I don’t have a typical day but one thing that is present in a lot of my days is that I start with a very long walk in the morning. It helps me because a lot of times I need to distract myself to focus. I need to just let myself take in the sights and sounds, and it just somehow gets my juices flowing.
While I’m taking my walk in the morning, I am mentally organizing my day, going over everything I have to do. I also do some writing while I’m walking. I always take a walk with my phone and some ideas just hit me and I always write them down. A lot of those ideas have gone ahead to be some of my most successful content ideas.
After I take my walk, I shower and then I get to the day. That part of the day after the walk is what is unpredictable, each day is different from the next. A lot of times, it’s me getting on a phone call with my manager for updates on things I need to do, meetings to fix, and so on.
A lot of people might feel like I create content every day, but I don’t. I often spend the weekend batch creating content for the week. The other day, I had a session where I made four YouTube videos and I’m good for the month on YouTube. Same with Instagram. I have a day that is just for content creation, so after my walk, I shower and I get straight into it and I just give it everything.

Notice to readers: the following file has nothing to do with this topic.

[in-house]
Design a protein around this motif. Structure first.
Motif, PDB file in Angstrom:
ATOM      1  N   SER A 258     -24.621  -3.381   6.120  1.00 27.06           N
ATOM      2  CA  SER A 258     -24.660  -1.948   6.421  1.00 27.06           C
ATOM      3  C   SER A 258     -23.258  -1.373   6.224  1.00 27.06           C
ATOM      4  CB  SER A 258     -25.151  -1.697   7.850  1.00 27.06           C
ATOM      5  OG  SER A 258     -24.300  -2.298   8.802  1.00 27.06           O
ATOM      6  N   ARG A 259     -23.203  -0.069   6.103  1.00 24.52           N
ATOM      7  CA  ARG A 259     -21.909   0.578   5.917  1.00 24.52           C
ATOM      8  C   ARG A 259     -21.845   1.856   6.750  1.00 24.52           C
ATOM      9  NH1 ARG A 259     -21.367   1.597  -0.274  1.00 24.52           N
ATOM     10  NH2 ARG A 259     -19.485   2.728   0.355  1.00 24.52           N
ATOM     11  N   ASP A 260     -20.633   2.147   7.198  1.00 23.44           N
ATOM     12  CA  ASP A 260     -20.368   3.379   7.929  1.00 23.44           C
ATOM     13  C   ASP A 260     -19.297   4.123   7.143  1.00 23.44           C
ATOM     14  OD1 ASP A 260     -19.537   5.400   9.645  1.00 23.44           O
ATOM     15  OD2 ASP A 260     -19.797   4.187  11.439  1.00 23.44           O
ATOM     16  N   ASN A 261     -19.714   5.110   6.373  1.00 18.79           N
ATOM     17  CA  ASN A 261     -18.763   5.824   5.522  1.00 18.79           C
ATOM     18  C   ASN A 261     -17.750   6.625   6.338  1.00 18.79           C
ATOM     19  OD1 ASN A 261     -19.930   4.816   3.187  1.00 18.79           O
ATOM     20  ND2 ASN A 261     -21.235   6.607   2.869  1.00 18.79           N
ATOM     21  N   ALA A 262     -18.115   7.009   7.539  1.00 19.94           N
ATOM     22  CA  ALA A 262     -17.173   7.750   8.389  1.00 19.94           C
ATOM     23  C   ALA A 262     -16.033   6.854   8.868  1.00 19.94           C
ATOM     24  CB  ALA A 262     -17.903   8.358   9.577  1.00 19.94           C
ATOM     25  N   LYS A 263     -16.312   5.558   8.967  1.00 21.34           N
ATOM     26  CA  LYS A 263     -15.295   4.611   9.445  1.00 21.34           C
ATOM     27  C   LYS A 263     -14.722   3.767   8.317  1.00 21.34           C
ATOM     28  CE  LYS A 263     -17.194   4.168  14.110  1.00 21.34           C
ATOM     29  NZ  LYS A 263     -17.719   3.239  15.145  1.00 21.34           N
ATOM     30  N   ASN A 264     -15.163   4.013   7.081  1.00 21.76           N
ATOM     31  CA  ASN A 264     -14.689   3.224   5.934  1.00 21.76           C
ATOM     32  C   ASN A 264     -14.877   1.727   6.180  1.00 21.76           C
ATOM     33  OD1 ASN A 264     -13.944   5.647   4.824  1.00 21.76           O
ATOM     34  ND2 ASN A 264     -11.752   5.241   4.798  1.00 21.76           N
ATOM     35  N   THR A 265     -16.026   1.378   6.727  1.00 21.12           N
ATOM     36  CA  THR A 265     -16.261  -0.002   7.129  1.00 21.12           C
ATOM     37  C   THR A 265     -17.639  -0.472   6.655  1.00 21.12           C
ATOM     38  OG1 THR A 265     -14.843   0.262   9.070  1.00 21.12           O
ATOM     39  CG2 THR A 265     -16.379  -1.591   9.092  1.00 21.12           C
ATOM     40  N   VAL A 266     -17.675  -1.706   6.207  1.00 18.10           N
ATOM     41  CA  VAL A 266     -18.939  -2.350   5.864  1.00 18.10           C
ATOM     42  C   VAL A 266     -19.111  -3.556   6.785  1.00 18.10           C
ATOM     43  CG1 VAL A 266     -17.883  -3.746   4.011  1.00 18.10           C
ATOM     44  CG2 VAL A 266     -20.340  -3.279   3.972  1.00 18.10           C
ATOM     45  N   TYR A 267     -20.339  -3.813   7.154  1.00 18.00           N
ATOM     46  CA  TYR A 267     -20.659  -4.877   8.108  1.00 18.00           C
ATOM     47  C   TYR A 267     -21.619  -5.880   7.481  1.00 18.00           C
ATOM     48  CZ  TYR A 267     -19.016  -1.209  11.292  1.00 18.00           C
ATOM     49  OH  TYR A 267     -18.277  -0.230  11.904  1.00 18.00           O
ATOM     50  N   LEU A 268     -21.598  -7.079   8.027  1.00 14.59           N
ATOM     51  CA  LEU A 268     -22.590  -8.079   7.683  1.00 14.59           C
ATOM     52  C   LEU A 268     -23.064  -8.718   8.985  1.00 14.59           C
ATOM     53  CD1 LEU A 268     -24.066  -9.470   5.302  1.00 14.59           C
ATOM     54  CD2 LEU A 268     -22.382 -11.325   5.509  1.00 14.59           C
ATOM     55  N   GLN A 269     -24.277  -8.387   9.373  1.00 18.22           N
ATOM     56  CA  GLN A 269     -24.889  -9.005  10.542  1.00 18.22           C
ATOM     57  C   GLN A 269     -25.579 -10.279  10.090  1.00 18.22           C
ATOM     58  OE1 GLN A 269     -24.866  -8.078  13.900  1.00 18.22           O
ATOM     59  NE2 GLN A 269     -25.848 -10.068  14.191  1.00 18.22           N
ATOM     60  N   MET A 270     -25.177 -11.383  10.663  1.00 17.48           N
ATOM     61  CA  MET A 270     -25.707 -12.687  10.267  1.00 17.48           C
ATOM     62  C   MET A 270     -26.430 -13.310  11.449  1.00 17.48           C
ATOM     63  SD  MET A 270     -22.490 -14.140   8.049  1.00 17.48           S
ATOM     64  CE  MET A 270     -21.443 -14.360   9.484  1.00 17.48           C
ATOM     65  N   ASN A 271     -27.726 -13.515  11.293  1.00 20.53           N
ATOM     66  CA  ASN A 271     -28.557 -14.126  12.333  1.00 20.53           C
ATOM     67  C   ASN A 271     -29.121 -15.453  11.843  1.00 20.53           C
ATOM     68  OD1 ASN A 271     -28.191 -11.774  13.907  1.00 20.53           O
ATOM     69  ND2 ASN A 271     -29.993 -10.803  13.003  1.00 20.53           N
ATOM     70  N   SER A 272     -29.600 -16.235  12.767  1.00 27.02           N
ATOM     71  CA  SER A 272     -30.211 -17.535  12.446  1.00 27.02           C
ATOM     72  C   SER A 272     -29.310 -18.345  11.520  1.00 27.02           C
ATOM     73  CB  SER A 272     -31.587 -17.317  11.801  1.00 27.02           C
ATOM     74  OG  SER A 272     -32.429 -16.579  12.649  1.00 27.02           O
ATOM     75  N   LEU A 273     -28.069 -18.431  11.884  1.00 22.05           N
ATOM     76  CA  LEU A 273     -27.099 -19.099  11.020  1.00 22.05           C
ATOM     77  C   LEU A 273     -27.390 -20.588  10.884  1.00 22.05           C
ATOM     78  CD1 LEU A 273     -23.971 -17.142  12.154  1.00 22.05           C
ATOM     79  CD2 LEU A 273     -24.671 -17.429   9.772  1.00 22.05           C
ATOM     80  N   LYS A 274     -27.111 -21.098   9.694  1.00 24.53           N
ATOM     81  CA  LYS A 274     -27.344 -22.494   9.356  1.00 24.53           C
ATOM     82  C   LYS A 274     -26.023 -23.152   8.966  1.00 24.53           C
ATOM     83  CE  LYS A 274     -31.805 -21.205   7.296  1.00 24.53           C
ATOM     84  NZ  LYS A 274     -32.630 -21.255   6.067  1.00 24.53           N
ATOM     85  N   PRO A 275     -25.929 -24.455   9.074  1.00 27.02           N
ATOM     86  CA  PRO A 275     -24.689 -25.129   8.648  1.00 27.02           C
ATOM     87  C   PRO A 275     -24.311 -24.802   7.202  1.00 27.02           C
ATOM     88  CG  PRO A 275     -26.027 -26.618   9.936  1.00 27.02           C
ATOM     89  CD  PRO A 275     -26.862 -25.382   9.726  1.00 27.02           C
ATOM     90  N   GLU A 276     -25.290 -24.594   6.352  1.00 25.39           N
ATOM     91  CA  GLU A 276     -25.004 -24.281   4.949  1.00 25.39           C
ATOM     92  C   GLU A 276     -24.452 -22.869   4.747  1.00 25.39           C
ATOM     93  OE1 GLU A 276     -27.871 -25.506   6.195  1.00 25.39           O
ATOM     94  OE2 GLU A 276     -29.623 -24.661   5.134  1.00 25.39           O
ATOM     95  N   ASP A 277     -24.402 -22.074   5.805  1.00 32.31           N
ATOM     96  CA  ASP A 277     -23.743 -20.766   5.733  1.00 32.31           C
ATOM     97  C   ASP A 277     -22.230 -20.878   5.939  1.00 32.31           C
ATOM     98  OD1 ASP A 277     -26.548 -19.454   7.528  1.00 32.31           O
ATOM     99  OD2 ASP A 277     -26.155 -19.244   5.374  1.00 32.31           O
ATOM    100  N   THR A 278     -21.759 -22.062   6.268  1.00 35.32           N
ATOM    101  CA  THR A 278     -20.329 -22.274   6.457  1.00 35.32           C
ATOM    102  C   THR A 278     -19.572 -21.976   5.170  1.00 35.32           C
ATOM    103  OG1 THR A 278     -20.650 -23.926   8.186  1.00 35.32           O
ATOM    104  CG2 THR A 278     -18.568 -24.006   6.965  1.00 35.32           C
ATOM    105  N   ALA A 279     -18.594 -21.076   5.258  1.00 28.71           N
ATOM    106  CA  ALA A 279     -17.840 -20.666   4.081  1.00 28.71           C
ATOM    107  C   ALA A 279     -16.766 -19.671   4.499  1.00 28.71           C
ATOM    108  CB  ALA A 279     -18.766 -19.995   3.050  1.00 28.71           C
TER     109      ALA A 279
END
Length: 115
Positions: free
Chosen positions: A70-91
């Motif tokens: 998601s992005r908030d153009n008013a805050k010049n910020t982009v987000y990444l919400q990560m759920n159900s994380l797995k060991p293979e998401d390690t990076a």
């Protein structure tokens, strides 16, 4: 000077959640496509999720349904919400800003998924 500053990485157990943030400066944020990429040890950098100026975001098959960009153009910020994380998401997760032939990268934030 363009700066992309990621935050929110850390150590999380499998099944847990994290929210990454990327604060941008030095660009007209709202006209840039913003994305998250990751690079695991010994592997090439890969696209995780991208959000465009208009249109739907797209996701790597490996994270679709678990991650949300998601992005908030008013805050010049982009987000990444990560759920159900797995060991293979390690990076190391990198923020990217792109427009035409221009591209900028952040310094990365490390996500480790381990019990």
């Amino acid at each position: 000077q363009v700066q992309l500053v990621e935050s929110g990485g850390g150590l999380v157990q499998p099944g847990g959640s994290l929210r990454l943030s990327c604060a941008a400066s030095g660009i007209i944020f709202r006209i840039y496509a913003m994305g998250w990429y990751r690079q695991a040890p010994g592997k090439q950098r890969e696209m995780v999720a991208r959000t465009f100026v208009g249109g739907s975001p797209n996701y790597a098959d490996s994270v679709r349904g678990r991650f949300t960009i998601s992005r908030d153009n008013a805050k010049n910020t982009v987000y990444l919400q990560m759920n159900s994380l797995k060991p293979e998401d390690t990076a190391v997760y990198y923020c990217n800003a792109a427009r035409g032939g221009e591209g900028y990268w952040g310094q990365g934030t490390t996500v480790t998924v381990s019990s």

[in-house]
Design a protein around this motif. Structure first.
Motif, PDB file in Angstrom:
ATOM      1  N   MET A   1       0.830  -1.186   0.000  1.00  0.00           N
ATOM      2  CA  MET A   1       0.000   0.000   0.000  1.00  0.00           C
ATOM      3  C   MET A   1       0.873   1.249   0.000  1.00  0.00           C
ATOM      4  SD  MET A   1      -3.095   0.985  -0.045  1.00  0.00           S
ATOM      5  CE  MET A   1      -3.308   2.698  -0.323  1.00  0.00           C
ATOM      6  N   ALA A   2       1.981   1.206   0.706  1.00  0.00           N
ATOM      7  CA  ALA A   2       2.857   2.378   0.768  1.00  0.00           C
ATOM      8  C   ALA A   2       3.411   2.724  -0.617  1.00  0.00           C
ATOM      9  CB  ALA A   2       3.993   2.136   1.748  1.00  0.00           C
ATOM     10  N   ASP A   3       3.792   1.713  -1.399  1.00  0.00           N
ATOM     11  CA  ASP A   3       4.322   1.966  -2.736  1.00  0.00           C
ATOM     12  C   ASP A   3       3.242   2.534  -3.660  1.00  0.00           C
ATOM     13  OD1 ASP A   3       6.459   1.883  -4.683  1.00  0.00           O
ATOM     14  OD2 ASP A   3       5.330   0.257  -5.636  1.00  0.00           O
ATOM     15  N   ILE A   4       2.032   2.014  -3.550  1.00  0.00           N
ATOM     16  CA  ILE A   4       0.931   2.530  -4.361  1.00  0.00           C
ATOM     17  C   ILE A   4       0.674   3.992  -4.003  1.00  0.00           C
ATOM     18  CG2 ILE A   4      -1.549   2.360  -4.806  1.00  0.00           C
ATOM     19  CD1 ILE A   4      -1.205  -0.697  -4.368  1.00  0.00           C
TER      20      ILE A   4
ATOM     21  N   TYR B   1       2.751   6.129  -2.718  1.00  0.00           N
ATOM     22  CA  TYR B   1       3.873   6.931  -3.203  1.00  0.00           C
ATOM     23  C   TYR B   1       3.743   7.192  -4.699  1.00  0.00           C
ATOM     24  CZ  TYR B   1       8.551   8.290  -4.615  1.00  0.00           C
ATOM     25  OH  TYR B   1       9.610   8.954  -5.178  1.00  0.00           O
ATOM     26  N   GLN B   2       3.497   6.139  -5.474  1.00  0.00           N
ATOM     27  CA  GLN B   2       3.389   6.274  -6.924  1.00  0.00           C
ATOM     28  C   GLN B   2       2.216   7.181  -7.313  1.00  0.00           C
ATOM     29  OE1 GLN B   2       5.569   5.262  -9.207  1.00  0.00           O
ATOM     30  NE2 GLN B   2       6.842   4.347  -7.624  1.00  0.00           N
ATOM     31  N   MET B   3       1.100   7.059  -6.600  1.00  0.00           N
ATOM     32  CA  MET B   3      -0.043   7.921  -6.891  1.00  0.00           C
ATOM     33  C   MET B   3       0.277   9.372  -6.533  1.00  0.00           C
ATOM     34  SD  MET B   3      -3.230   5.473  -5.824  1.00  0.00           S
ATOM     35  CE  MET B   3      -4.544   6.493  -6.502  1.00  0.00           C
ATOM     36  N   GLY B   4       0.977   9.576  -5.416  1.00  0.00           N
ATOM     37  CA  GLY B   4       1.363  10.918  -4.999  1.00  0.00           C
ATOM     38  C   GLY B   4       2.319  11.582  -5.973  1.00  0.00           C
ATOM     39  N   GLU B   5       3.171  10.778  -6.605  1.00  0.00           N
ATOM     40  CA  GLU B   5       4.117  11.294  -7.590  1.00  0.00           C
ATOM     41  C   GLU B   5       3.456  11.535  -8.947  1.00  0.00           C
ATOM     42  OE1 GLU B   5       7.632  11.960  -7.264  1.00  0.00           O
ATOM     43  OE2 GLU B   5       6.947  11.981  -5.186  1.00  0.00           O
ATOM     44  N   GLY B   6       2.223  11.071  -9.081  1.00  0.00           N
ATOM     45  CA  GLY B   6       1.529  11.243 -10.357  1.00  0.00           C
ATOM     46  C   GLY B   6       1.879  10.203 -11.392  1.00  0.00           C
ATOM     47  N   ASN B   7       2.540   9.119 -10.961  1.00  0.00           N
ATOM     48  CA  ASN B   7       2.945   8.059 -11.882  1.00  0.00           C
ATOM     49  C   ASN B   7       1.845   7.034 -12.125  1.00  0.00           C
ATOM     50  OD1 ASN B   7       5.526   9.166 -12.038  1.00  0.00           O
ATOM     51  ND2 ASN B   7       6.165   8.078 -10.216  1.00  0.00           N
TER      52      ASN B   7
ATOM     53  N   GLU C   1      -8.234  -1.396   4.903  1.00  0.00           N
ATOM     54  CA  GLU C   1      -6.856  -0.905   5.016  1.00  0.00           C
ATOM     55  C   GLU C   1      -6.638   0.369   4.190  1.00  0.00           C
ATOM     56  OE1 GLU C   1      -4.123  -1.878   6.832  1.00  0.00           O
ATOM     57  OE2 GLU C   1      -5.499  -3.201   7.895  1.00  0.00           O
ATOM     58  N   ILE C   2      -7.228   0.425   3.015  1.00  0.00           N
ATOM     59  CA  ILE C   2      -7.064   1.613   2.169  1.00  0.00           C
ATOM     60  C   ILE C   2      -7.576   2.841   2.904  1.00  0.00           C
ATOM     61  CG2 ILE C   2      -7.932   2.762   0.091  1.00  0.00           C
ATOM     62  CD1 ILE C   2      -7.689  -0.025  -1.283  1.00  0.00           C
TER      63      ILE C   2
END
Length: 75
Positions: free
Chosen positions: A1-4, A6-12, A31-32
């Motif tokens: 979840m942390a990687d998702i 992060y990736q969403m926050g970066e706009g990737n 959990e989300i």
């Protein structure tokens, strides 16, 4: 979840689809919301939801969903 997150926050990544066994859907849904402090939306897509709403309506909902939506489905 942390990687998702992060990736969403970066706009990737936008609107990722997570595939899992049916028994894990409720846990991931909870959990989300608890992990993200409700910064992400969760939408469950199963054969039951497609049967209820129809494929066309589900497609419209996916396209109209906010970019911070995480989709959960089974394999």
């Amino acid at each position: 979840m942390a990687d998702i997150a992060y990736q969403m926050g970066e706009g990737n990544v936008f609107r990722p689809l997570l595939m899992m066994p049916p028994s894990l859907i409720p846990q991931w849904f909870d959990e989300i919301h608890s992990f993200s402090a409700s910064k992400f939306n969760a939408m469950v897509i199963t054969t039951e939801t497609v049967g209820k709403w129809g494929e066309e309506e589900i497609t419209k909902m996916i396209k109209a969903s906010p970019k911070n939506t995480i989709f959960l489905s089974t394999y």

There are some days too that I spend just script writing so that on the day when I have to film, I don’t have to start from scratch. I also spend a whole lot of time interacting with members of my audience online. That’s really important to me.
How are you able to manage all of that, considering the volume of comments and messages you get?
I forgive myself in advance because I know I can’t keep up. I know some people may be mad at me but they know that I try, that I care about my audience. I can’t always keep up, it’s unrealistic, except I don’t want to have a life. But as much as I can, I interact with members of my audience.
What apps, gadgets or tools can you not do without? Let’s start with apps.
Inshot. That’s the app I’ve been using to edit videos for about five years now. It’s been a lifesaver. The app keeps getting better, every time I want to move to another app, they add something, and I just don’t go anywhere. I also love Lightroom. I think at this point it’s pretty obvious that I cannot do without my iPhone.